As she was leaving her home, Mexican newspaper La Jornada correspondent Miroslava Breach Velducea was shot eight times after reporting on links between politicians and organised crime.
Her story, alongside nine others, are told in July's list of "10 Most Urgent" cases of journalists under attack that has been compiled by the One Free Press Coalition, a group that comprises pre-eminent editors and publishers who safeguard journalists persecuted for pursuing the truth.
To counter the rising threat to media freedom, the One Free Press Coalition was established during a meeting of the International Media Council at the World Economic Forum in March. The Straits Times joined the alliance in May.
Ms Velducea was leaving home in her car in the state of Chihuahua, in March 2017, when the shooting took place.
She was reporting on links between politicians and organised crime at that time.
La Jornada reported that a note was found at the scene of the murder that read: "For being a snitch. You're next, governor. - The 80."
Police say The 80 is Arturo Quintana, who allegedly leads a criminal gang associated with the organised crime syndicate known as La Línea.
Prior to her death, Ms Velducea had received threats on at least three occasions for her reporting. One suspect is in custody, and the next hearing is expected to take place in the coming months.
Here are the nine other cases mentioned is July's list of "10 Most Urgent" cases, in no particular order:
Mahmoud Abou Zeid and Alaa Abdelfattah, Egypt
Egyptian blogger Alaa Abdelfattah and photographer Mahmoud Abou Zeid, known as Shawkan, were released this year after spending more than five years behind bars on anti-state charges. However, both have to report to a police station each evening, and it is up to the police to decide whether they can leave. So far, both have spent every night of their "freedom" behind bars.
Wa Lone and Kyaw Soe Oo, Myanmar
Following their investigation into a security force massacre of Rohingya men and boys in western Rakhine State, the pair were convicted under the colonial-era Official Secrets Act and sentenced to seven years each in prison, even though a policeman testified that they had been entrapped.
The Myanmar Supreme Court recently upheld their convictions.
Anna Nimiriano, South Sudan
As editor of the Juba Monitor, a South Sudanese newspaper, Nimiriano fights to keep her colleagues out of jail for their reporting, and has in the past been ordered by the government to shut down the paper. She perseveres in spite of arrest threats and constant censorship of her and her colleagues.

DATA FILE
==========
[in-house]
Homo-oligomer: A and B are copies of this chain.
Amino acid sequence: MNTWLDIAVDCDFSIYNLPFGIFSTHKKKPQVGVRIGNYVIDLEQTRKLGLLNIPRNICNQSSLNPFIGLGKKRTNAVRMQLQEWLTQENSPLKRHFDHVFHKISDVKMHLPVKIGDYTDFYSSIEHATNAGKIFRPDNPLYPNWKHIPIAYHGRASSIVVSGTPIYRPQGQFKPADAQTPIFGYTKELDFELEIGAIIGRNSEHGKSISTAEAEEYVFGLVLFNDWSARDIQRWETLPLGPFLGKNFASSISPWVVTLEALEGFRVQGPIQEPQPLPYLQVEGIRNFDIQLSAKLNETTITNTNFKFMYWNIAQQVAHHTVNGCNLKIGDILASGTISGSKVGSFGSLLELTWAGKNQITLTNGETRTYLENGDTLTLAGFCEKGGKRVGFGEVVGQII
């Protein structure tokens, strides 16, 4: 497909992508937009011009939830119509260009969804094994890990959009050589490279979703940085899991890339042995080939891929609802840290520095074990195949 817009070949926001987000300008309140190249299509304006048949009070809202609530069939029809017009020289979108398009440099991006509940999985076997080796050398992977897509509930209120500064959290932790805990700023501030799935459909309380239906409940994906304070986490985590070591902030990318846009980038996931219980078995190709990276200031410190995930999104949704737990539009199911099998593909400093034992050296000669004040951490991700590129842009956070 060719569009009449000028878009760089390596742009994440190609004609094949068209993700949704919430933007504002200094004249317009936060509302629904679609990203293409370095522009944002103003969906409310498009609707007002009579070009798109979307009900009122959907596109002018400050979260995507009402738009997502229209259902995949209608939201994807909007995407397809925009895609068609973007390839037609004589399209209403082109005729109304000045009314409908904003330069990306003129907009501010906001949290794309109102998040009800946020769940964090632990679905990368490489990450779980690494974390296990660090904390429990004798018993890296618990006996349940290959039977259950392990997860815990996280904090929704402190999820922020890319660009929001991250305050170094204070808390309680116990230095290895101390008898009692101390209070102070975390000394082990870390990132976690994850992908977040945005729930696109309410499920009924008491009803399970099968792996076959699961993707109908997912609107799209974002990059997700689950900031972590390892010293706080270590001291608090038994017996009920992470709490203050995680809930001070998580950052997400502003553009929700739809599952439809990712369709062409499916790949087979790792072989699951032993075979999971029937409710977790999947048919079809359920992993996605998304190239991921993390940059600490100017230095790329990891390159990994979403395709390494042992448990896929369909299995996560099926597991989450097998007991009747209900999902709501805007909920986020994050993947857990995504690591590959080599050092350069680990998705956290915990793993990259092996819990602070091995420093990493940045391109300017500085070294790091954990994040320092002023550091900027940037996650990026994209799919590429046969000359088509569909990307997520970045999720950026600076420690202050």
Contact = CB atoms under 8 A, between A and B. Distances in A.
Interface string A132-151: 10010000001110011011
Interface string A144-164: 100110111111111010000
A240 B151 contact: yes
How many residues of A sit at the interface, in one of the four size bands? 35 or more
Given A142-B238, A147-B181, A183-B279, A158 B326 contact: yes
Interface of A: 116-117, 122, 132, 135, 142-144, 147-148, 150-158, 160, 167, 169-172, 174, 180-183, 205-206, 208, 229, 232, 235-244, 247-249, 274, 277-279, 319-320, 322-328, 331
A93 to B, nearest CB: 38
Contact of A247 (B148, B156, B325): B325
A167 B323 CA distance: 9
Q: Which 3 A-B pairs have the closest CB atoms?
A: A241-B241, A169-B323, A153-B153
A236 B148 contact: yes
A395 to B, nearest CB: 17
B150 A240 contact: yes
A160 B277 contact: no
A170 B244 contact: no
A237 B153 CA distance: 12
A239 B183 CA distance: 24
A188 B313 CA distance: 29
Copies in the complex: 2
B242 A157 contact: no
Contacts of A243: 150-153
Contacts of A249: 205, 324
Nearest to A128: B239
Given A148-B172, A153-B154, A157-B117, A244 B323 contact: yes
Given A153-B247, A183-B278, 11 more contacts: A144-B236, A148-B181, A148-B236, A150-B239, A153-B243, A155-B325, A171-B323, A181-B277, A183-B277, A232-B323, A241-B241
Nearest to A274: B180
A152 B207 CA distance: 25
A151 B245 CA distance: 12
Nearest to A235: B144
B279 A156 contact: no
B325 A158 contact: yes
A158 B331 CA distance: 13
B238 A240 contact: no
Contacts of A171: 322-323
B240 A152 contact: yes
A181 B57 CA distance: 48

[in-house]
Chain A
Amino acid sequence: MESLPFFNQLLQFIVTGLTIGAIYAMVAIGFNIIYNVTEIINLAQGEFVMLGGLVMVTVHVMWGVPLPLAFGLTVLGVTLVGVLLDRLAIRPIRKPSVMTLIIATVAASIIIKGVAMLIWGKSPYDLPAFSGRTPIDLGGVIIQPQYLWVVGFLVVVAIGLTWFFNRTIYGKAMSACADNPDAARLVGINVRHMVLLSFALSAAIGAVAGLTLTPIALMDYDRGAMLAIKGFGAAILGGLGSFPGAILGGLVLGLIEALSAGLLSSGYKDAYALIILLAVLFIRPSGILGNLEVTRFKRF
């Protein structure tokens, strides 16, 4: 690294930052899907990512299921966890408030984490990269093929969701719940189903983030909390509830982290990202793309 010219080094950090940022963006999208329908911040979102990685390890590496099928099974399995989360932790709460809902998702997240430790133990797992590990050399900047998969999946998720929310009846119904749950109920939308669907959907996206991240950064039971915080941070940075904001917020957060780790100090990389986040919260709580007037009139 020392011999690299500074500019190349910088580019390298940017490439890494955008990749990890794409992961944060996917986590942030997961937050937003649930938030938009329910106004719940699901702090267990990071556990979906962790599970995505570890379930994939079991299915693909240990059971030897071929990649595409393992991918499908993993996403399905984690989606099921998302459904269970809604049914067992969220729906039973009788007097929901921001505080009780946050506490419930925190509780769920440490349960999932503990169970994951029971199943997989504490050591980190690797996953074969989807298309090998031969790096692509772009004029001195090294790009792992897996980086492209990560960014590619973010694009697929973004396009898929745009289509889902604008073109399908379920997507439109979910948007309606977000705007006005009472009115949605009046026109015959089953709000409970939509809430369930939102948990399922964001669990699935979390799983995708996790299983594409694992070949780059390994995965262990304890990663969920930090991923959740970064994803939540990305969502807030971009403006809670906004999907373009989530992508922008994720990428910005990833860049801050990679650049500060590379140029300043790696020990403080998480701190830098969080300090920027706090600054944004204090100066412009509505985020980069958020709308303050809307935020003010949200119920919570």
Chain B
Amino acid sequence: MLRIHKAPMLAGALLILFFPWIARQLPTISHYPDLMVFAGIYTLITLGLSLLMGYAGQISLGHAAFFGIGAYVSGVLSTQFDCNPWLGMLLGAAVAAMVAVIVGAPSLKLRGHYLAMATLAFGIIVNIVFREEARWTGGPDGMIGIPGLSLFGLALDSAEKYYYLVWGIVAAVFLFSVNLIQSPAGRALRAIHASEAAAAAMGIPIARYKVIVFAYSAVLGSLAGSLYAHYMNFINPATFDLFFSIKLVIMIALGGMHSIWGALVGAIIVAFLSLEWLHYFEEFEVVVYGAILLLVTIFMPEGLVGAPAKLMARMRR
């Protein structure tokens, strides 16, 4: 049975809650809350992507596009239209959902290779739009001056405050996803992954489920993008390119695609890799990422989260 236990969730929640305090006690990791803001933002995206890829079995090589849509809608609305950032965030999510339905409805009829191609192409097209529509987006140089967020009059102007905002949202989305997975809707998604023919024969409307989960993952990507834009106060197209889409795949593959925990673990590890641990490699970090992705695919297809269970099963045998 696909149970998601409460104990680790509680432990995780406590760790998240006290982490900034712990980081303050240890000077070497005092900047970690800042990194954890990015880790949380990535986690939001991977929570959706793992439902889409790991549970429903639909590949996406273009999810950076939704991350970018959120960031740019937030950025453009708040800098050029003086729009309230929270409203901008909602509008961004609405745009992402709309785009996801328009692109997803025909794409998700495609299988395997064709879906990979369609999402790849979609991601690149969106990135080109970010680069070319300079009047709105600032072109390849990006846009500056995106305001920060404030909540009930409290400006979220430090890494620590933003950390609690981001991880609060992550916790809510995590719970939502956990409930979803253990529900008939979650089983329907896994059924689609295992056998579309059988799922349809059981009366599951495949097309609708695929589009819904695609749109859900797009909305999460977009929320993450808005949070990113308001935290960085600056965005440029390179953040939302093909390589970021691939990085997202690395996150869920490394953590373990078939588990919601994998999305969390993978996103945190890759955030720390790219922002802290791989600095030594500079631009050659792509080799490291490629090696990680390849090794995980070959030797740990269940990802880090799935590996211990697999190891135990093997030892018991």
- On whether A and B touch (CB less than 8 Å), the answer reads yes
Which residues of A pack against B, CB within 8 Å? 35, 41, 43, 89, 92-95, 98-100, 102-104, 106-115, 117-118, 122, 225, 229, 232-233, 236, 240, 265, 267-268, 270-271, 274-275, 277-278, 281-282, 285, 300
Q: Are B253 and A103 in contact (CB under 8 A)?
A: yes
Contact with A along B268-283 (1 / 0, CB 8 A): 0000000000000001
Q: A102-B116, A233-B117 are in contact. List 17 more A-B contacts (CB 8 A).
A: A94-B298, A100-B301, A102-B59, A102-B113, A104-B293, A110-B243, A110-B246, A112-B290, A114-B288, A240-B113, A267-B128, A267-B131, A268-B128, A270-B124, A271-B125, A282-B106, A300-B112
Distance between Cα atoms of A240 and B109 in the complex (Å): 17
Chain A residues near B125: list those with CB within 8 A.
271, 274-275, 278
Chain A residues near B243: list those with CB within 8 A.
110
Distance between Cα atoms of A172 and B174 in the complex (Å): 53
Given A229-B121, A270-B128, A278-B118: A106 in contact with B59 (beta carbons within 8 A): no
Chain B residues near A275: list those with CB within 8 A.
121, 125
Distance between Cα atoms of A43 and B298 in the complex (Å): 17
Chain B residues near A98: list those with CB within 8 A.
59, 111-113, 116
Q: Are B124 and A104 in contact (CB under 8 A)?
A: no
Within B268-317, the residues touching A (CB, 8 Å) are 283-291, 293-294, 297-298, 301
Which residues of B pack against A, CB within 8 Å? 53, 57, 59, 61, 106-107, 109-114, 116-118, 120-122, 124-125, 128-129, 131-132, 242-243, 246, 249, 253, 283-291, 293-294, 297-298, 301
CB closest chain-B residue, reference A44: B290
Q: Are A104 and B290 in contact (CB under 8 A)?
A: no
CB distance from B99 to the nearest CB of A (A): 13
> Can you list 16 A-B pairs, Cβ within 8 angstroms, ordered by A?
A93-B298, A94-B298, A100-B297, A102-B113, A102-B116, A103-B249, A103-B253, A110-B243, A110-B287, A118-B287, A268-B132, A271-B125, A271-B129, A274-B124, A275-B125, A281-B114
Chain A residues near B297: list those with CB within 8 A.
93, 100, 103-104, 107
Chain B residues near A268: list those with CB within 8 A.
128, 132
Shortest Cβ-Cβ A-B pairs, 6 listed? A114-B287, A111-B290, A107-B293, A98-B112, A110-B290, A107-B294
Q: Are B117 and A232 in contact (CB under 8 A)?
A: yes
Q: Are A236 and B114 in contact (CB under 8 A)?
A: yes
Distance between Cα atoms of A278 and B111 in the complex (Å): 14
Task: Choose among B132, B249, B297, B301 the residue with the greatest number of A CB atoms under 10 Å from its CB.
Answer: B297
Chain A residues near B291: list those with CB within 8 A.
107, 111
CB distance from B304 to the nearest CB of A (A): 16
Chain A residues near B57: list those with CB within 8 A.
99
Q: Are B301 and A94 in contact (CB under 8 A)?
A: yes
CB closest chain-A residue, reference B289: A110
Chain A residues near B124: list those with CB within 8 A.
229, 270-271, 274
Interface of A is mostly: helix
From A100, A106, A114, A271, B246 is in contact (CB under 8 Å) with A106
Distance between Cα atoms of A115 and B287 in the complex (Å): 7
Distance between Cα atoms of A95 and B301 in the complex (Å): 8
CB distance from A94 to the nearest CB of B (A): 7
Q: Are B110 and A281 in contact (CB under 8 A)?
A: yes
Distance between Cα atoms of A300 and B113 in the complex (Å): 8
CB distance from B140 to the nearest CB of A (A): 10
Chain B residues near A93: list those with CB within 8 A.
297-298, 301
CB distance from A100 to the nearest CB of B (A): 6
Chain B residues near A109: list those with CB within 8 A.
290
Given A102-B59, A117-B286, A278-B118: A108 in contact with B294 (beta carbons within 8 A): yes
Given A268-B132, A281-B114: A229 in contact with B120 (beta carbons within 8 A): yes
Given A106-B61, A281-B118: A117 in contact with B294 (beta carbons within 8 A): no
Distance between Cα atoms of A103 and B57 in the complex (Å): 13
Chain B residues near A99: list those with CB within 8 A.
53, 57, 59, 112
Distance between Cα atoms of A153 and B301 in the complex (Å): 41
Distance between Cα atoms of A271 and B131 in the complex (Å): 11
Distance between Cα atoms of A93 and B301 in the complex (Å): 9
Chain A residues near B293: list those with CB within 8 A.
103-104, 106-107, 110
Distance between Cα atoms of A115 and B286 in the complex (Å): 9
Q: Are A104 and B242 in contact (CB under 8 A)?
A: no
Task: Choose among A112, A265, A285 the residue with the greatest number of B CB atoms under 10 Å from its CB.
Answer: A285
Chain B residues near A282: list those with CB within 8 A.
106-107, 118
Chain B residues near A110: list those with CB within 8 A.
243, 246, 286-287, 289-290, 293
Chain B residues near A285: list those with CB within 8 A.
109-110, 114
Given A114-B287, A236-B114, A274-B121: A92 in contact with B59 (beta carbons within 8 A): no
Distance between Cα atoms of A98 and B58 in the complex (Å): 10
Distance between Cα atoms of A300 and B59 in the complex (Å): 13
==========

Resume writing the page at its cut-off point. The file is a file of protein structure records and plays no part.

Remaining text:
Mimi Mefo , Cameroon
In November 2018, journalist Mimi Mefo was arrested on false news and cybercrime charges in connection with her reporting on unrest in the conflict-hit North-west and South-west regions of Cameroon. While she was released after four days, she continues to speak out against harassment of journalists throughout Cameroon and the impact of the conflict.
The Coalition's list of the most urgent cases for July includes a few that were featured last month. These include:
Aasif Sultan, India
A reporter with Kashmir Narrator, Aasif Sultan was arrested on anti-state charges in August 2018. He has been repeatedly interrogated and asked to reveal sources by police, and has experienced health issues as he remains behind bars.
Claudia Duque, Colombia
Veteran investigative reporter Claudia Duque has endured kidnapping, illegal surveillance, psychological torture and exile as a result of her work. Colombian courts convicted three high-ranking officers of the Colombian security services for torturing Claudia and her daughter in 2003 and 2004. However, as at May 2019, all the defendants in the case went free.
Miguel Mora and Lucía Pineda, Nicaragua
The Nicaraguan journalists were detained amid a media crackdown. In December, Nicaraguan police raided TV station 100 per cent Noticias and arrested station director Miguel Mora and Lucía Pineda, its news director. Both journalists are being held on charges of "inciting hate and violence" and have been denied consistent access to legal services.
Azory Gwanda, Tanzania
Azory Gwanda, a freelance journalist working in rural Tanzania, has been missing since Nov 21, 2017. Before his disappearance, Gwanda had been investigating mysterious killings in his community. The Tanzanian government has so far failed to launch a credible investigation into his case.
Jamal Khashoggi, Saudi Arabia
Despite findings from the CIA that point to the Saudi crown prince's involvement in the brutal murder of journalist Jamal Khashoggi at the Saudi Arabian consulate in Istanbul, no independent UN criminal investigation has been launched. Calls for the White House to release intelligence reports have gone unheeded, along with a deadline to reply to Congress as required under the US Global Magnitsky Act.
The Coalition's other members include the Associated Press, Bloomberg News, The Boston Globe, Buzzfeed, Huff Post (formerly The Huffington Post), Insider Inc, Quartz, Time, Voice of America, The Washington Post, Wired, and Yahoo News.
European members include CNN Money Switzerland, Corriere Della Sera, De Standaard, Deutsche Welle, Euractiv, Le Temps, Radio Free Europe/Radio Liberty, Republik, Reuters and Süddeutsche Zeitung.
From Asia, The Financial Times, India Today, Middle East Broadcasting Networks and Radio Free Asia have joined the network together with The Straits Times, while those from the rest of the Americas are AméricaEconomía, Estadão, Office of Cuba Broadcasting and TV Azteca.
Members of the public can join the conversation using the hashtag #OneFreePress and follow developments on Twitter @OneFreePress. To see the "10 Most Urgent" list every month, readers can visit https://www.onefreepresscoalition.com or @OneFreePress on Twitter.